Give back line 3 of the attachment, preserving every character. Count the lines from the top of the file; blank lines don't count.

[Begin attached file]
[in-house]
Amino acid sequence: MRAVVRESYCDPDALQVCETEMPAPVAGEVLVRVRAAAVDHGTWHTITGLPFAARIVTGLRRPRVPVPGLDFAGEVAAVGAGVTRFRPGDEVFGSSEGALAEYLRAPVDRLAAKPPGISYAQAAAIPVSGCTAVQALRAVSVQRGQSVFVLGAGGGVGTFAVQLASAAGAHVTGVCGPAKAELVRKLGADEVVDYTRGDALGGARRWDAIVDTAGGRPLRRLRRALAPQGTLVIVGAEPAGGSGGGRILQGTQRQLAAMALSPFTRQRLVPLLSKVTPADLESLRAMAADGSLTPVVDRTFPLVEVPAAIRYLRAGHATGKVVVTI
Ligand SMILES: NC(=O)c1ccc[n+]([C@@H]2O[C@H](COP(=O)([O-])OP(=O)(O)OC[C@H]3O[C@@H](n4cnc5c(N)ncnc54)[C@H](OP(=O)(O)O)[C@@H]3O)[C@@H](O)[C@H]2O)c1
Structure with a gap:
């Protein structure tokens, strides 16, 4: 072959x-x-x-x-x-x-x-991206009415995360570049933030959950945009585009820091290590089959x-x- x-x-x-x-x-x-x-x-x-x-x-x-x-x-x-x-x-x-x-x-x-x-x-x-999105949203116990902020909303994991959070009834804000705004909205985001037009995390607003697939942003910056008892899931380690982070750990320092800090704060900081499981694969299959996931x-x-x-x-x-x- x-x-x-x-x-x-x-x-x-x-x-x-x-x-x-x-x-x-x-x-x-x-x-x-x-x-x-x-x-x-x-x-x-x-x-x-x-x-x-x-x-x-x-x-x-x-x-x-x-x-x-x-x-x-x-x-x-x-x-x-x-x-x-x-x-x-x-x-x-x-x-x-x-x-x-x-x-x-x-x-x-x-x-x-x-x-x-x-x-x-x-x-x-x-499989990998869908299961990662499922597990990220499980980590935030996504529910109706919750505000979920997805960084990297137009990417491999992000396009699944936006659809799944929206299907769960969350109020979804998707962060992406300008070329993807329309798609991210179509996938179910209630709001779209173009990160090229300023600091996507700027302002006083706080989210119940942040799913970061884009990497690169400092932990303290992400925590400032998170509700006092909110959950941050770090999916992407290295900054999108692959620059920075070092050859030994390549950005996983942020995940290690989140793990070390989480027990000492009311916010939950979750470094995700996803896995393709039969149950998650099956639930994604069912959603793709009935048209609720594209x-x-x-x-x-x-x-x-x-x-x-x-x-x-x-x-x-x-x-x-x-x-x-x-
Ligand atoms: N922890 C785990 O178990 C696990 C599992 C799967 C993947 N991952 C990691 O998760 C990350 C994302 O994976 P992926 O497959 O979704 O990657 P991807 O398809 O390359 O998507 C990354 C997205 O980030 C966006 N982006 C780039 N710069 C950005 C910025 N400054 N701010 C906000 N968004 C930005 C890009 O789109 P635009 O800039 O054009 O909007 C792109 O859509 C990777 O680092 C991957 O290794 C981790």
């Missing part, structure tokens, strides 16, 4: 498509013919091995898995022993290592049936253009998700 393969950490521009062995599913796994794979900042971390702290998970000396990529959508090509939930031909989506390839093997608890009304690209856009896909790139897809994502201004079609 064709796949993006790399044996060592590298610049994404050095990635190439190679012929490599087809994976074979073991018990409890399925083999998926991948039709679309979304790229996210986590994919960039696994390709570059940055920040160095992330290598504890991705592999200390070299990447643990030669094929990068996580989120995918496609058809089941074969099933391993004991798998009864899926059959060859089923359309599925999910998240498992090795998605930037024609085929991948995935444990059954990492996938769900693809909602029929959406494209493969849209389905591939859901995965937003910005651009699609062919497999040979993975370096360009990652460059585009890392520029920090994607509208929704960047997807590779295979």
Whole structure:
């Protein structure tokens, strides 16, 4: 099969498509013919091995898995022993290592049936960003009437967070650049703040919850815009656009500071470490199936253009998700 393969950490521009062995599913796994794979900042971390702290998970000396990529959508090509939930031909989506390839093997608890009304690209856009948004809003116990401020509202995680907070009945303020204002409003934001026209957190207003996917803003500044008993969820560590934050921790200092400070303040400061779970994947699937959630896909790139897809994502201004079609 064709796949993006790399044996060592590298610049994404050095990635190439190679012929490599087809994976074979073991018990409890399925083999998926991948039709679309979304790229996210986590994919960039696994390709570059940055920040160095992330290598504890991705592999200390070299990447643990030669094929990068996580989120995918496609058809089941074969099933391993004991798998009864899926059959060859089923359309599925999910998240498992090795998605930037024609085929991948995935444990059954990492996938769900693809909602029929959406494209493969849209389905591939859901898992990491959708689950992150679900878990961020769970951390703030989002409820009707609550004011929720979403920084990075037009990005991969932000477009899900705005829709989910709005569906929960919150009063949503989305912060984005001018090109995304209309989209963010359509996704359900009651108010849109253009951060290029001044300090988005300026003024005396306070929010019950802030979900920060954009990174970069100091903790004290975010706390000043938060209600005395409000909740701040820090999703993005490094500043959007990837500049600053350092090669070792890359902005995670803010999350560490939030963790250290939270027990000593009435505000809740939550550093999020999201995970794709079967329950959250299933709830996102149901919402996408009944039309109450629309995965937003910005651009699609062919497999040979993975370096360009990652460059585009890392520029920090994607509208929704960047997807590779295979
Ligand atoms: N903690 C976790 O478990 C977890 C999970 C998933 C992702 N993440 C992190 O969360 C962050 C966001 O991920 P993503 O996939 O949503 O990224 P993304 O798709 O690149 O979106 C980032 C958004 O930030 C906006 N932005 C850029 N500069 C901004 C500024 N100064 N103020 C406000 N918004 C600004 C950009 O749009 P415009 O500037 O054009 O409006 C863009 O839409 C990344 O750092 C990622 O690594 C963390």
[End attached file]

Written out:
Ligand SMILES: NC(=O)c1ccc[n+]([C@@H]2O[C@H](COP(=O)([O-])OP(=O)(O)OC[C@H]3O[C@@H](n4cnc5c(N)ncnc54)[C@H](OP(=O)(O)O)[C@@H]3O)[C@@H](O)[C@H]2O)c1